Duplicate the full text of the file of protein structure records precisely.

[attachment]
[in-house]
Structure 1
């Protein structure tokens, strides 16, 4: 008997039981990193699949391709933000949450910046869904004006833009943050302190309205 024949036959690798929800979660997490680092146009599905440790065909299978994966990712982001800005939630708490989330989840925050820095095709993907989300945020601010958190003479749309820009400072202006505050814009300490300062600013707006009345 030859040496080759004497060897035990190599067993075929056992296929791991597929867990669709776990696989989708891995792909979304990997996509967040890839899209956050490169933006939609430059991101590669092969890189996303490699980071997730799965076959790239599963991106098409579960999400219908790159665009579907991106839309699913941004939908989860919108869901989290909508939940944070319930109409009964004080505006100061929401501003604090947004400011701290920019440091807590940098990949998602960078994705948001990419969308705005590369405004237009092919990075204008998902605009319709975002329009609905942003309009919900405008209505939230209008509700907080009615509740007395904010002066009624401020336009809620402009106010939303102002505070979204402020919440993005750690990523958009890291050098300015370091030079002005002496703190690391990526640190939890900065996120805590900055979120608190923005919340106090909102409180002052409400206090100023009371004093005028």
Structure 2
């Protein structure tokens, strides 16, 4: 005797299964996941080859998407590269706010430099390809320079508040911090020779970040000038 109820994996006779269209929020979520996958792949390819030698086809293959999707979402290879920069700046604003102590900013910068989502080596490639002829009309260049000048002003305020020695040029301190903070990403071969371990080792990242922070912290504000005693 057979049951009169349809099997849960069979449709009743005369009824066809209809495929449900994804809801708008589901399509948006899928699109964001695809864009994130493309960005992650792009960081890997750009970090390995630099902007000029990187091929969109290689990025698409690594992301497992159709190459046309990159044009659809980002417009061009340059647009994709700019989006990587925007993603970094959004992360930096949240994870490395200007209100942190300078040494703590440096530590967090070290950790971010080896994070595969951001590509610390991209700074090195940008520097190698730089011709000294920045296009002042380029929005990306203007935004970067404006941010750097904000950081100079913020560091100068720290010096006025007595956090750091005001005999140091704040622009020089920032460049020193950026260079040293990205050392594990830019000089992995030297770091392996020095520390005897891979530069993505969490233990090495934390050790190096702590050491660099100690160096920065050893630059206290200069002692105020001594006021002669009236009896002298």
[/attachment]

[in-house]
Structure 1
């Protein structure tokens, strides 16, 4: 008997039981990193699949391709933000949450910046869904004006833009943050302190309205 024949036959690798929800979660997490680092146009599905440790065909299978994966990712982001800005939630708490989330989840925050820095095709993907989300945020601010958190003479749309820009400072202006505050814009300490300062600013707006009345 030859040496080759004497060897035990190599067993075929056992296929791991597929867990669709776990696989989708891995792909979304990997996509967040890839899209956050490169933006939609430059991101590669092969890189996303490699980071997730799965076959790239599963991106098409579960999400219908790159665009579907991106839309699913941004939908989860919108869901989290909508939940944070319930109409009964004080505006100061929401501003604090947004400011701290920019440091807590940098990949998602960078994705948001990419969308705005590369405004237009092919990075204008998902605009319709975002329009609905942003309009919900405008209505939230209008509700907080009615509740007395904010002066009624401020336009809620402009106010939303102002505070979204402020919440993005750690990523958009890291050098300015370091030079002005002496703190690391990526640190939890900065996120805590900055979120608190923005919340106090909102409180002052409400206090100023009371004093005028």
Structure 2
């Protein structure tokens, strides 16, 4: 005797299964996941080859998407590269706010430099390809320079508040911090020779970040000038 109820994996006779269209929020979520996958792949390819030698086809293959999707979402290879920069700046604003102590900013910068989502080596490639002829009309260049000048002003305020020695040029301190903070990403071969371990080792990242922070912290504000005693 057979049951009169349809099997849960069979449709009743005369009824066809209809495929449900994804809801708008589901399509948006899928699109964001695809864009994130493309960005992650792009960081890997750009970090390995630099902007000029990187091929969109290689990025698409690594992301497992159709190459046309990159044009659809980002417009061009340059647009994709700019989006990587925007993603970094959004992360930096949240994870490395200007209100942190300078040494703590440096530590967090070290950790971010080896994070595969951001590509610390991209700074090195940008520097190698730089011709000294920045296009002042380029929005990306203007935004970067404006941010750097904000950081100079913020560091100068720290010096006025007595956090750091005001005999140091704040622009020089920032460049020193950026260079040293990205050392594990830019000089992995030297770091392996020095520390005897891979530069993505969490233990090495934390050790190096702590050491660099100690160096920065050893630059206290200069002692105020001594006021002669009236009896002298």